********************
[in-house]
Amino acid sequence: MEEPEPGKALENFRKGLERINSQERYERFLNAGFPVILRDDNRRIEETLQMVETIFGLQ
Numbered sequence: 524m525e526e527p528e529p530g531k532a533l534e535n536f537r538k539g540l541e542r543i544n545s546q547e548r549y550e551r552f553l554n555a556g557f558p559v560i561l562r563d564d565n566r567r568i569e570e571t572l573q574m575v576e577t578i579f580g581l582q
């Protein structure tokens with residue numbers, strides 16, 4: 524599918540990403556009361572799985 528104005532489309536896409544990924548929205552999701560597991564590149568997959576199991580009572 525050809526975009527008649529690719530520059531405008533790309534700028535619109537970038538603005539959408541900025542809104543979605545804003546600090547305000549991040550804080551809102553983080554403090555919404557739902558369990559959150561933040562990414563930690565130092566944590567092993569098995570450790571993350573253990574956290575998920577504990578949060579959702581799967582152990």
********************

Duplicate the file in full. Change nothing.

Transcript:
[in-house]
Amino acid sequence: MEEPEPGKALENFRKGLERINSQERYERFLNAGFPVILRDDNRRIEETLQMVETIFGLQ
Numbered sequence: 524m525e526e527p528e529p530g531k532a533l534e535n536f537r538k539g540l541e542r543i544n545s546q547e548r549y550e551r552f553l554n555a556g557f558p559v560i561l562r563d564d565n566r567r568i569e570e571t572l573q574m575v576e577t578i579f580g581l582q
């Protein structure tokens with residue numbers, strides 16, 4: 524599918540990403556009361572799985 528104005532489309536896409544990924548929205552999701560597991564590149568997959576199991580009572 525050809526975009527008649529690719530520059531405008533790309534700028535619109537970038538603005539959408541900025542809104543979605545804003546600090547305000549991040550804080551809102553983080554403090555919404557739902558369990559959150561933040562990414563930690565130092566944590567092993569098995570450790571993350573253990574956290575998920577504990578949060579959702581799967582152990």